BHS 'sorted' according to Sir Philip
Nearly five months ago, Sir Philip Green promised to "sort" the pension problems at BHS. In his mind - he's delivered.
I understand that Sir Philip is offering around £250m. The Pensions Regulator wants around £350m.
Working with the help of global accounting heavyweights Deloitte, Sir Philip has come up with a solution that he says achieves three important things.
It keeps the scheme out of the pensions lifeboat fund (so other pension schemes don't end up subsidising BHS's), it provides better benefits for the 20,000 members than they would get in the PPF and it has the support of the chairman of the BHS pension fund trustees.
Not according to the Pension Regulator who didn't think the proposal was "comprehensive or credible" enough.
So its going after him, his family's companies and the other former owner Dominic Chappell to roars of approval from the politicians who were his inquisitors in chief - Frank Field and Iain Wright - co-chairs of the inquiry into the collapse of the retailer.
By pursuing this action, the Pensions Regulator perhaps risks being swept along by the understandable tide of political ill-will towards Sir Philip to the possible detriment of the BHS pensioners themselves.
If the regulator is successful in extracting £350m from the billionaire, it is very unlikely that the BHS pensioners will see any of that money.
It is almost certain to end up being paid into the general funds of the Pension Protection Fund to mitigate the hit the industry-wide body will suffer as a result of taking on a pension scheme with a £600m hole in it.
That outcome is not a bad one but it means that although Sir Philip may pay more, BHS pensioners will not get more.
And remember, even that is only if the arms-length panel to whom this will now be referred finds in the regulators favour.
That is a reasonably big if.
Sir Philip's wallet
Last month pensions expert John Ralfe rated the chances of successful enforcement against Sir Philip as 50/50 and told me he has seen nothing in yesterday's announcement to change those odds.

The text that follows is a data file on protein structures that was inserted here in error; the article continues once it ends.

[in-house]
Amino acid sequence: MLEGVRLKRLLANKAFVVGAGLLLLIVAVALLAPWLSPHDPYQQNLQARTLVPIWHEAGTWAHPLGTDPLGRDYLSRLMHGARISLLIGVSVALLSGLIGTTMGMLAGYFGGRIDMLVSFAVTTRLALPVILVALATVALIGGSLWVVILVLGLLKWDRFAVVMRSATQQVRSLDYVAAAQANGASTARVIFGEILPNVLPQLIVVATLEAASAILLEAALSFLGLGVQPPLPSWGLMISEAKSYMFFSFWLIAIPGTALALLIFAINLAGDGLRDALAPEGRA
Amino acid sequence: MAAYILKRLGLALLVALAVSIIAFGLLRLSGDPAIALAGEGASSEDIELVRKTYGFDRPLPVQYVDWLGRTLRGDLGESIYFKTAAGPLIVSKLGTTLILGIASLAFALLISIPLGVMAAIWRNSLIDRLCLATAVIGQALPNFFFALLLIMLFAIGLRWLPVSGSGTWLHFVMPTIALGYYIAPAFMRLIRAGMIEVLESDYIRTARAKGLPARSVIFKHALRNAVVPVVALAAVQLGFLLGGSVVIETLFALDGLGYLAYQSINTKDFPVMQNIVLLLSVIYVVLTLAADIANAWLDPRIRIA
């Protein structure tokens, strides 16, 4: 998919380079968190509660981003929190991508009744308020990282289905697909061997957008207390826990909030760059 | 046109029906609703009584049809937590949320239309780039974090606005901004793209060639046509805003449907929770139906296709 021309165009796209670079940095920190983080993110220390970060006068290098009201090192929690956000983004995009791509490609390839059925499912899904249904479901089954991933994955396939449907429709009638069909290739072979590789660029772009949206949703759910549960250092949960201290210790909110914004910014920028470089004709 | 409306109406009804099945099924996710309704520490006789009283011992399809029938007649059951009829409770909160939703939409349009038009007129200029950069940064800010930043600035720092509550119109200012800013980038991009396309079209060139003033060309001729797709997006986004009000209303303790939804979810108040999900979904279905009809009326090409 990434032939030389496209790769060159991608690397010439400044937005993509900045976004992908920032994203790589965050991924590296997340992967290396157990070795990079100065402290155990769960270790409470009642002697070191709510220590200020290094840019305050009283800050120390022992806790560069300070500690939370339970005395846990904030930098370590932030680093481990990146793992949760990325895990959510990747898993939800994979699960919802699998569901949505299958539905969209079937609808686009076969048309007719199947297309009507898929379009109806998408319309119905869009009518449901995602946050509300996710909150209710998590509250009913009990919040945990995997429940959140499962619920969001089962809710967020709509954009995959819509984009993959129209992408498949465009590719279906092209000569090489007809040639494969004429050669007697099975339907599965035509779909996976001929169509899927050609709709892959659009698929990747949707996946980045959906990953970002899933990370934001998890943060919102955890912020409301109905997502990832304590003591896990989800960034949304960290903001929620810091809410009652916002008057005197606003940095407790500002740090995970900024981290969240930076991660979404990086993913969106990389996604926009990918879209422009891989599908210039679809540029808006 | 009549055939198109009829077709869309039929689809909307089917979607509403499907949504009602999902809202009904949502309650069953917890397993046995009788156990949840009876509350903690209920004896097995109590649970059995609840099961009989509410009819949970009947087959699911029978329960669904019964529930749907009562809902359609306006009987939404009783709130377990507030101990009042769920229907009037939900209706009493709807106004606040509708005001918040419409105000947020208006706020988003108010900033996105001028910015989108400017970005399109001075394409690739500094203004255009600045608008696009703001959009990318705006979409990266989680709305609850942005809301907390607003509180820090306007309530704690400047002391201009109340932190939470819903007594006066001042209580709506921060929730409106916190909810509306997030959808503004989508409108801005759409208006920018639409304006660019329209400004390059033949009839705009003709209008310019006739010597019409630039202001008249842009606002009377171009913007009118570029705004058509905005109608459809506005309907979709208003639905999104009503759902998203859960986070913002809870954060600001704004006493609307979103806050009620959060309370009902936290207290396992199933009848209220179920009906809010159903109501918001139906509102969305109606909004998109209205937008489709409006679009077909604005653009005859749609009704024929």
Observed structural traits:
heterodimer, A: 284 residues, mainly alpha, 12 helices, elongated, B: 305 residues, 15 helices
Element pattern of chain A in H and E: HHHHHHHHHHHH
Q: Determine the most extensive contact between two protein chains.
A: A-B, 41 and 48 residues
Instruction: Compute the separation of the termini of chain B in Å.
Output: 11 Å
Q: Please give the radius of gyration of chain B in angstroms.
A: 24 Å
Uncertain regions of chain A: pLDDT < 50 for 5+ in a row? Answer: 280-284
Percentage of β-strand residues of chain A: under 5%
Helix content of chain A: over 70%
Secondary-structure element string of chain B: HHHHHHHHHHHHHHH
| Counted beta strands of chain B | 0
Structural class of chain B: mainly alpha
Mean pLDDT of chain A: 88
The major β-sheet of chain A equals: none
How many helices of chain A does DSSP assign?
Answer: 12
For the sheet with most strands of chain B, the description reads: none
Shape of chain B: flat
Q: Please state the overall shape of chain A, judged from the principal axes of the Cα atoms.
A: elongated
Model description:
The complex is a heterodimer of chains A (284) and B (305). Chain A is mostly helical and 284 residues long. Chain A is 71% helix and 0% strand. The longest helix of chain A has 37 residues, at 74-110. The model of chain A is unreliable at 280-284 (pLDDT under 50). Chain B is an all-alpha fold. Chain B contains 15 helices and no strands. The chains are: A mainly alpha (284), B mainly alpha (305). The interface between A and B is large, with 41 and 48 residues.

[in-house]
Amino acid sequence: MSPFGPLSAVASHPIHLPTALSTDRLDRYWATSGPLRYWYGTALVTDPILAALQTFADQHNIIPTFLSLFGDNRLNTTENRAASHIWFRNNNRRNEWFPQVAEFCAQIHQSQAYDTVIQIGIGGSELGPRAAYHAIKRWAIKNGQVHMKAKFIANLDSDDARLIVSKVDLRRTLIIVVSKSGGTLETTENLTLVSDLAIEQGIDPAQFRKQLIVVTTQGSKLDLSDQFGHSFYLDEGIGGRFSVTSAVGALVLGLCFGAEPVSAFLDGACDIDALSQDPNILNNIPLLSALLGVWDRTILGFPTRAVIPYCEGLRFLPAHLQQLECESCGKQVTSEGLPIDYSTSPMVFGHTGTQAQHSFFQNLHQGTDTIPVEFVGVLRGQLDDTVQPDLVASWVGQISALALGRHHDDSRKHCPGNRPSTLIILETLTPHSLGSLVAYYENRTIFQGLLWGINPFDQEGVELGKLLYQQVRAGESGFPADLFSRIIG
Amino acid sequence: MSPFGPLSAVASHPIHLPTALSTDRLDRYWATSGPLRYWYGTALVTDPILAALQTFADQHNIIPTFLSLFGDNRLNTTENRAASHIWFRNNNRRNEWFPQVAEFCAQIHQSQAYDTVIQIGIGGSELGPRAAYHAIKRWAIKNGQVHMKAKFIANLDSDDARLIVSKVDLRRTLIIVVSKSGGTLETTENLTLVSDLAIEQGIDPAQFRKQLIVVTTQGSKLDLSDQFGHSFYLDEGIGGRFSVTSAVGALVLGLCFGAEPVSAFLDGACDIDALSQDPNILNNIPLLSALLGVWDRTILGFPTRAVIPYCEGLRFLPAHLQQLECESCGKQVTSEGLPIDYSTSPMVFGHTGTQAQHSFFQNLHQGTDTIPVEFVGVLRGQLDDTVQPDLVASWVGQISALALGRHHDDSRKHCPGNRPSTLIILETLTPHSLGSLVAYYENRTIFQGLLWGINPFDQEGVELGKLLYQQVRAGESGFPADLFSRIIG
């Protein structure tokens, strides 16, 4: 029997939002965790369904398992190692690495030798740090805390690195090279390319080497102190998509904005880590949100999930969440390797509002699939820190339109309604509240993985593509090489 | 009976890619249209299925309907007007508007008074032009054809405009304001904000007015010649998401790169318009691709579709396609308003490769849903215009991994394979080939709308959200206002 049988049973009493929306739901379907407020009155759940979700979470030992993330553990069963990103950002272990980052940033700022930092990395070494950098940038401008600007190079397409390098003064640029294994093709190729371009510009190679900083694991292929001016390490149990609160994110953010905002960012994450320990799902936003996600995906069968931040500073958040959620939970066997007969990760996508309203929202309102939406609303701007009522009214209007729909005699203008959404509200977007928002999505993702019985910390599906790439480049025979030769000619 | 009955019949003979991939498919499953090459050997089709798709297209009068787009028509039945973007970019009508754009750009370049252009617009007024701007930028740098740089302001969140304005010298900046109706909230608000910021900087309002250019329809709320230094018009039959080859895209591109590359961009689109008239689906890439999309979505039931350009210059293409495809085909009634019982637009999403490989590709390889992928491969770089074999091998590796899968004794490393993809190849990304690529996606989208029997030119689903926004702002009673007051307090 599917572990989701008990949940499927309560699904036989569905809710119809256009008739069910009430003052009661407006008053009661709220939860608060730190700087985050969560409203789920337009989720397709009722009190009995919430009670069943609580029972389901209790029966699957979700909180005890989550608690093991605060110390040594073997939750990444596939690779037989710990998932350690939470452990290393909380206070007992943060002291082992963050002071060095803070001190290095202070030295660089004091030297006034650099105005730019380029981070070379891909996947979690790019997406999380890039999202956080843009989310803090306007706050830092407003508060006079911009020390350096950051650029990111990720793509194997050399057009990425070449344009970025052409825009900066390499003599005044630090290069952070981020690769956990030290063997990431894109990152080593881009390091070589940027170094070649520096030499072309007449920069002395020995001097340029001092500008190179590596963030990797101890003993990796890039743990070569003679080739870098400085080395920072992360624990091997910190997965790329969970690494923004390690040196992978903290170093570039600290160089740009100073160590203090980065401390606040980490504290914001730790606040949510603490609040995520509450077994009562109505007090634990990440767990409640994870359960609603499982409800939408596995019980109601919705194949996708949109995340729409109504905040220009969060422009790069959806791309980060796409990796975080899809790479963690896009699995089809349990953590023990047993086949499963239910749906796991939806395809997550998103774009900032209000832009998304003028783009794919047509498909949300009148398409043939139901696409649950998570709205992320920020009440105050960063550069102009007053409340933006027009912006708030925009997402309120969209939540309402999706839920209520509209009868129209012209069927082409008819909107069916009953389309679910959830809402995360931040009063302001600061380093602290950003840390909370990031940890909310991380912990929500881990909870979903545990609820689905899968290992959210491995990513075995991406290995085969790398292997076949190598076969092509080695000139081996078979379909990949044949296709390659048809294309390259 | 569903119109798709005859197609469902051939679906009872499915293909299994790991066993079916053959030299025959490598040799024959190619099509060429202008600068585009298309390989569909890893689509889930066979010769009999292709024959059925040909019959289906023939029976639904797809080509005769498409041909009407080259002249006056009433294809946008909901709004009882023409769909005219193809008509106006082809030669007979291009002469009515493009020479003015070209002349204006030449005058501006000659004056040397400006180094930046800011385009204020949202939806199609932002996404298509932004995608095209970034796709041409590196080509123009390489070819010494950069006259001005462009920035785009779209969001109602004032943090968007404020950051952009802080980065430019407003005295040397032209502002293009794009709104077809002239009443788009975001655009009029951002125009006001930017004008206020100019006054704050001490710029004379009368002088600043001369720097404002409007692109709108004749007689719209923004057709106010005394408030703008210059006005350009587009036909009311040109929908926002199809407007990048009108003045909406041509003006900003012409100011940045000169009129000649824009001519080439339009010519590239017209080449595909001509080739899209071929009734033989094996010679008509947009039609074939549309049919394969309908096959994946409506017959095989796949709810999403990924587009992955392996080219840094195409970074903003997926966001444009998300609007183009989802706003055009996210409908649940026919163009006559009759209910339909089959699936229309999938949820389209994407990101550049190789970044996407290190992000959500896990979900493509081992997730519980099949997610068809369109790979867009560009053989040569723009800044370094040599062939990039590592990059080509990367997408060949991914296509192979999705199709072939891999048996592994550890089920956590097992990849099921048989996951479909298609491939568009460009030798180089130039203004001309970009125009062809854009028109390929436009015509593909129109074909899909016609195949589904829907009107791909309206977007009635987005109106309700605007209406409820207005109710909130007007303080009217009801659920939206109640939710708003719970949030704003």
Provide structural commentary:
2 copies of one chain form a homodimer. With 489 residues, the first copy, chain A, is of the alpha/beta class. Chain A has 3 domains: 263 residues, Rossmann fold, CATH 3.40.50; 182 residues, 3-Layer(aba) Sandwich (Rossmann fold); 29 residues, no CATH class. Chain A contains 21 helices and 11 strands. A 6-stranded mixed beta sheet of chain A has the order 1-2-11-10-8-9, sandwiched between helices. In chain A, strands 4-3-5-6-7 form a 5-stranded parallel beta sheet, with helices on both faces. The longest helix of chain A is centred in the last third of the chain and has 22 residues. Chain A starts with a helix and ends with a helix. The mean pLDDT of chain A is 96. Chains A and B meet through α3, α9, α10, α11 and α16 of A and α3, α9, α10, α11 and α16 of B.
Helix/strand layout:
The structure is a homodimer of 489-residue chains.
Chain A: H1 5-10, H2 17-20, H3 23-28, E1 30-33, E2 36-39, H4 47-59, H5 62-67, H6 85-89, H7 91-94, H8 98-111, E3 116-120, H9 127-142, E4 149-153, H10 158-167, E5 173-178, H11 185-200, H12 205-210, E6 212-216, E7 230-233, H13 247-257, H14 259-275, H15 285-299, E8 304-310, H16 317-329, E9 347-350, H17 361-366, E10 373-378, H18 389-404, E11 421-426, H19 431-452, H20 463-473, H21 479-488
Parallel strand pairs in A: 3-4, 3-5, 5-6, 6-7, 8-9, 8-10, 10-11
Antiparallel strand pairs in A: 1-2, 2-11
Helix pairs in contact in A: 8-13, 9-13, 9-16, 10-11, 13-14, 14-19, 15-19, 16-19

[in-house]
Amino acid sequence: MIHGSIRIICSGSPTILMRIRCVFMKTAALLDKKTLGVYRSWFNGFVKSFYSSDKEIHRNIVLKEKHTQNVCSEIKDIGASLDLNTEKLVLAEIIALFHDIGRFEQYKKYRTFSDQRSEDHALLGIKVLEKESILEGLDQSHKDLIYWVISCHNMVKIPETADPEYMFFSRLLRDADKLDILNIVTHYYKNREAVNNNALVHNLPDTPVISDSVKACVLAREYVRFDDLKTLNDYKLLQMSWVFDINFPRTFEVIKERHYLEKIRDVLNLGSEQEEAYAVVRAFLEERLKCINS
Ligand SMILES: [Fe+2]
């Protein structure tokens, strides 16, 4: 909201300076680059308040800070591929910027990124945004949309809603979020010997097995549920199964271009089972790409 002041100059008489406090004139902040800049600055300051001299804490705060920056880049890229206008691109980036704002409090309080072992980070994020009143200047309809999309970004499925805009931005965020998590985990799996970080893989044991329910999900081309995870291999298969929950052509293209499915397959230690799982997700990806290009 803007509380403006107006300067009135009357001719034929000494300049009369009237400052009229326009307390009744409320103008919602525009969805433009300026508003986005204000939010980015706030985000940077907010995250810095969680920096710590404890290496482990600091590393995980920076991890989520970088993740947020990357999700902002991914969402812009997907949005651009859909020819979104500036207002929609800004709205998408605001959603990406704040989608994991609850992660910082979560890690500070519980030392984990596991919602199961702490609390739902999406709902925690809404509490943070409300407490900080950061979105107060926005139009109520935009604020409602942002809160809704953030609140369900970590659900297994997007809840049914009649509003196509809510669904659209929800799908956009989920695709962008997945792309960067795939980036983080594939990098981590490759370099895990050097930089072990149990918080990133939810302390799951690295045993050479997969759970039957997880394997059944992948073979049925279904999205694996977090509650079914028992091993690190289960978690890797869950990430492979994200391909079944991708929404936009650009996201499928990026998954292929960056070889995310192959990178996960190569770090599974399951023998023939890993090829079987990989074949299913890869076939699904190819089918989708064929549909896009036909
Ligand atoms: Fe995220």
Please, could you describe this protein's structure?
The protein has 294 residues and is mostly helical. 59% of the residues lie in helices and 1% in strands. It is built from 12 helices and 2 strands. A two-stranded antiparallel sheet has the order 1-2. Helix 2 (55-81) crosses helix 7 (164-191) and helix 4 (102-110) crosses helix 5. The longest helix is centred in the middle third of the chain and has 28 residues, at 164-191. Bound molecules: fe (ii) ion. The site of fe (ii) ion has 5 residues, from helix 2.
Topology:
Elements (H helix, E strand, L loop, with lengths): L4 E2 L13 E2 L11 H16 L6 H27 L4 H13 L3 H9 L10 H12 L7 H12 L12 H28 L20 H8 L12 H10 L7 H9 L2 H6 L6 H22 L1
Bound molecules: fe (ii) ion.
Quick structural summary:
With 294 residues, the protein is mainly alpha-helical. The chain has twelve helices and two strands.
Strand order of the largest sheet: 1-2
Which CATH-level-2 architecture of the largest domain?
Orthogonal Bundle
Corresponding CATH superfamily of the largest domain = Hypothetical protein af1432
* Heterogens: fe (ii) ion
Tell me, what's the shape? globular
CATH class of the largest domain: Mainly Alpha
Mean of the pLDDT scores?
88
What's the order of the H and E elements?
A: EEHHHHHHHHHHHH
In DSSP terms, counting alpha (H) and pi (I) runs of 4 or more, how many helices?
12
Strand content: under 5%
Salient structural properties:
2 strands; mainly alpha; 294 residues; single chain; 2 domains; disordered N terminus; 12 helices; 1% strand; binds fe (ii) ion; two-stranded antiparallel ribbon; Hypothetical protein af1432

Even if the panel sides with the regulator, that decision can be appealed.
The last time enforcement action of this kind was taken was three years ago - as of today, not a penny has been paid. This is not a short cut to Sir Philip's wallet.
One of the regulator's main jobs is to stop companies casually dumping ailing pension schemes into the PPF net - like a goalkeeper if you like.
Despite acrobatic efforts, it could yet prove that it's dived the wrong way and this scheme is more likely to roll slowly into the other corner.
Will the threat of him losing his knighthood force him to up his offer? Maybe.
MPs recently voted to recommend exactly that in a commons motion that passed unopposed.
That was a bit of commons theatre to allow MPs of every stripe to vent their spleen at the "unacceptable face of capitalism".
Despite thousands of documents examined, hundreds of hours of interrogation and acres of negative newsprint, no illegality has yet been alleged - let alone found.
The real decision will be made by a panel of senior civil servants and the number of people who have been stripped of honours without doing anything illegal is a pretty short one - in fact here is the list... Fred Goodwin.
Yesterday's enforcement warning made clear that the door remains open for an improved offer to be made but Sir Philip's response last night ended by saying he believed his offer "confirms the statement of intent that I made in regard to the BHS pensioners".
In his mind he has "sorted it" - there may not be another offer.
What's £100m between friends?